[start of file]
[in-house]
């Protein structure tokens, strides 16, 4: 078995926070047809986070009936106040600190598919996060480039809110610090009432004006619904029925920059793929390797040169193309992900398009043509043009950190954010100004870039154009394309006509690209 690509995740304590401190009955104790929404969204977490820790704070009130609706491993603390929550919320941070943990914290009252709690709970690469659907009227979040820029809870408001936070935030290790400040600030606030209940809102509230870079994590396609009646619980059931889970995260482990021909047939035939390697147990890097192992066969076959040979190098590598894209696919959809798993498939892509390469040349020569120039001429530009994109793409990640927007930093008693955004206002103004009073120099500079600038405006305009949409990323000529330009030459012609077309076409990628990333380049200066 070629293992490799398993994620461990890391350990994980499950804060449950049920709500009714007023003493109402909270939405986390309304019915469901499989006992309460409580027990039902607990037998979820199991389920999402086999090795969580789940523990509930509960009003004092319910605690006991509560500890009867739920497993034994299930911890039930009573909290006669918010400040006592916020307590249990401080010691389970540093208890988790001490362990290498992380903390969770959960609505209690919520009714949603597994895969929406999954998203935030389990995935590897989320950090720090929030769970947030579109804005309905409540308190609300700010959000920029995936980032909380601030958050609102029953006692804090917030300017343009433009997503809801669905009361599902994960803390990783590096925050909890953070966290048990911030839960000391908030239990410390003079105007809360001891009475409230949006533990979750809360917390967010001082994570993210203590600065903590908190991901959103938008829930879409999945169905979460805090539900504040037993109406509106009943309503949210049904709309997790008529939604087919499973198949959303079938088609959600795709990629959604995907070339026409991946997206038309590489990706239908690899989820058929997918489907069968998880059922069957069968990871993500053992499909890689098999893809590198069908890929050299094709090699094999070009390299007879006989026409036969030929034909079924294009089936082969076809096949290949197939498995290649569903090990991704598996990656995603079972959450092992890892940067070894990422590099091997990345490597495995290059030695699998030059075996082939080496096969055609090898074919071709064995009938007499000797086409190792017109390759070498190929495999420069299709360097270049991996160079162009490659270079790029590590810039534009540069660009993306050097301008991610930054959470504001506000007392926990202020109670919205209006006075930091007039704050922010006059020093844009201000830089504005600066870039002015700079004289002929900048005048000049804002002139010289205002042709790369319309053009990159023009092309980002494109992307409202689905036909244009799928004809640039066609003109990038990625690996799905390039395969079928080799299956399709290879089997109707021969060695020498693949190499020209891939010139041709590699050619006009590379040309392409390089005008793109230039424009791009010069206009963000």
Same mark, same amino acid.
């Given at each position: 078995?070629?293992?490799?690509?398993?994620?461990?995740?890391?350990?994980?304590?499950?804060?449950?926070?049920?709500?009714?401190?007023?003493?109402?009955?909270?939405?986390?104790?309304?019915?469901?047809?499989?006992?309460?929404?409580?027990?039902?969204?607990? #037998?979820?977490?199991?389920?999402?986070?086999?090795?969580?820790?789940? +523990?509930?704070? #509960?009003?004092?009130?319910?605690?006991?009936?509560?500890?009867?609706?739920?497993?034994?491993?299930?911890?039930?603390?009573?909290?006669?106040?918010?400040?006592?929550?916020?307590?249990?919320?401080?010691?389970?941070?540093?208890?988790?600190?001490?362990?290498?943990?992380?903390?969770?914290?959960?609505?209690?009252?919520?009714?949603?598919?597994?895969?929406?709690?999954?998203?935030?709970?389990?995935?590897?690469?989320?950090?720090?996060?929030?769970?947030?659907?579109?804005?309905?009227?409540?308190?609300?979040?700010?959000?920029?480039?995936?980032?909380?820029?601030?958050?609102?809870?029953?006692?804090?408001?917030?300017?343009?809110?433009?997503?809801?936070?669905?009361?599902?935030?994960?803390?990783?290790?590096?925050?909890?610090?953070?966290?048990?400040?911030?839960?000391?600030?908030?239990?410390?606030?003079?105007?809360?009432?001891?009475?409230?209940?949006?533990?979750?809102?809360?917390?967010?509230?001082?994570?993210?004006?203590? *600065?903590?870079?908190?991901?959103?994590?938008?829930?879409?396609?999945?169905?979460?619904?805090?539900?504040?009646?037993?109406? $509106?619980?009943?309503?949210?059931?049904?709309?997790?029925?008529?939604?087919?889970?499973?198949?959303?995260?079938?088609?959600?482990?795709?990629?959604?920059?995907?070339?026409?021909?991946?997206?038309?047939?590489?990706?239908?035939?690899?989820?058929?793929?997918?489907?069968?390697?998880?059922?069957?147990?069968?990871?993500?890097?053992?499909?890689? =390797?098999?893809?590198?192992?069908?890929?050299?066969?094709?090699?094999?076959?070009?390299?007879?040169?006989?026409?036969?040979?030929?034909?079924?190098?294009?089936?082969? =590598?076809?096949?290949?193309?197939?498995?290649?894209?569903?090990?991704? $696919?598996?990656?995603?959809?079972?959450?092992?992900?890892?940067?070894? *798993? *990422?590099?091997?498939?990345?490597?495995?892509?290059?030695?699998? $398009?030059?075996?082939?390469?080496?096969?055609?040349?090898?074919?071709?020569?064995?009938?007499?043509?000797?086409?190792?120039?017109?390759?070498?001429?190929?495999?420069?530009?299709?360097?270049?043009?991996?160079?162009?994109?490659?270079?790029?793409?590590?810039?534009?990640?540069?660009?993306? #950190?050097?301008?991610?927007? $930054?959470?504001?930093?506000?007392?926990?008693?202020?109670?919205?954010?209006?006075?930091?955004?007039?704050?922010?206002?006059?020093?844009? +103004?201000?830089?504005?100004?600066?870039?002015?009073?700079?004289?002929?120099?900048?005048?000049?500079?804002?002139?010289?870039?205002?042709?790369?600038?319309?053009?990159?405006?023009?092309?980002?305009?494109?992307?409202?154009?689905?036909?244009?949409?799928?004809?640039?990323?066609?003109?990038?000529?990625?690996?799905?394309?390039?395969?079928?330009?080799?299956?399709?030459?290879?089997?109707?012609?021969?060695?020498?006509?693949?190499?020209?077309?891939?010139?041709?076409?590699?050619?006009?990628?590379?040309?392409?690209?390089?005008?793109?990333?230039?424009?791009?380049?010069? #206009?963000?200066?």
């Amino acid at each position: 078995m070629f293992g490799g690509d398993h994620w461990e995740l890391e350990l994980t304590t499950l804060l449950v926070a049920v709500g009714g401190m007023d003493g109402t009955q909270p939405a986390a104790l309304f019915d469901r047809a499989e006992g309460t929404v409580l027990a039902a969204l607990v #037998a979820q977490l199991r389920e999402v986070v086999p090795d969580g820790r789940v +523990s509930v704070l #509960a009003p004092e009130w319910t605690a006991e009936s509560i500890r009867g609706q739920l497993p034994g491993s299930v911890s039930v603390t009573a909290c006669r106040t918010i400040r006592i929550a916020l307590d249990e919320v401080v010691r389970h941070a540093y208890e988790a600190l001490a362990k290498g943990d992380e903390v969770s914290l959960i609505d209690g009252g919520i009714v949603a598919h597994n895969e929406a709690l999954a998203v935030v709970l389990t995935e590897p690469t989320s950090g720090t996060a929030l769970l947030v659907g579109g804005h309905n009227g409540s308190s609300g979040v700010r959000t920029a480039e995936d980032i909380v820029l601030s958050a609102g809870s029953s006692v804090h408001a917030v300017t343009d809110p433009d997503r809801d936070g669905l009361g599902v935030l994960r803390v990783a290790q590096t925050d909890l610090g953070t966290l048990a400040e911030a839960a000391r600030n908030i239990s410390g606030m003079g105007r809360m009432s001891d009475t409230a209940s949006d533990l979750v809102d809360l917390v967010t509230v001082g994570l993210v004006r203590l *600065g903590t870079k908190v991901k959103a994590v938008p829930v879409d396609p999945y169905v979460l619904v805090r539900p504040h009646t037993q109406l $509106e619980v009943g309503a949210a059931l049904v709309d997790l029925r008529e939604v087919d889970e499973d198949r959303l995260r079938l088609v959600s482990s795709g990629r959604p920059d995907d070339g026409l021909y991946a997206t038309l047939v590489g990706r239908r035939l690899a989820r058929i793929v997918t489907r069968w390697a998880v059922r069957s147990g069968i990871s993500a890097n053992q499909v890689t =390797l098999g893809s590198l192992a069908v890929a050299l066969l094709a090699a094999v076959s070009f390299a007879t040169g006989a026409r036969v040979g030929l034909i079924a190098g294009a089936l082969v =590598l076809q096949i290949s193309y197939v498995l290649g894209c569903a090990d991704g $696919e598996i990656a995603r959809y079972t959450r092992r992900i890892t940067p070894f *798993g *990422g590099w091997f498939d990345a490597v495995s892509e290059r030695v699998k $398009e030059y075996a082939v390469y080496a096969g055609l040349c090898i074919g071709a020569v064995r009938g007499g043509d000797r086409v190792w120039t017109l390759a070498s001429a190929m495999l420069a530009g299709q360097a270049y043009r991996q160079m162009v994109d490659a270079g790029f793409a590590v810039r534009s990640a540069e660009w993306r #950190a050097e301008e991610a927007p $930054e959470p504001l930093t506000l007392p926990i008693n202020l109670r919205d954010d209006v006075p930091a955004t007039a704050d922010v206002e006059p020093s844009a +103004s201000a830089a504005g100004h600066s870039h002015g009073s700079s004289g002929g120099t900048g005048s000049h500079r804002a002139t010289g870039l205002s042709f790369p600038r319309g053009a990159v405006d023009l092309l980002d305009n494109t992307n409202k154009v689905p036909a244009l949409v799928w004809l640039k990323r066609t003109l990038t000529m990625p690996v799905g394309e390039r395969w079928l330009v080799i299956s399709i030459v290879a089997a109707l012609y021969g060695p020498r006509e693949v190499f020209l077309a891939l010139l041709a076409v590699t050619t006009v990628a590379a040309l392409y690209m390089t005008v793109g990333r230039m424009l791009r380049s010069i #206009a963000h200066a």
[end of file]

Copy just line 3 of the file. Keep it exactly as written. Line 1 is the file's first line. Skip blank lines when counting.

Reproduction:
Same mark, same amino acid.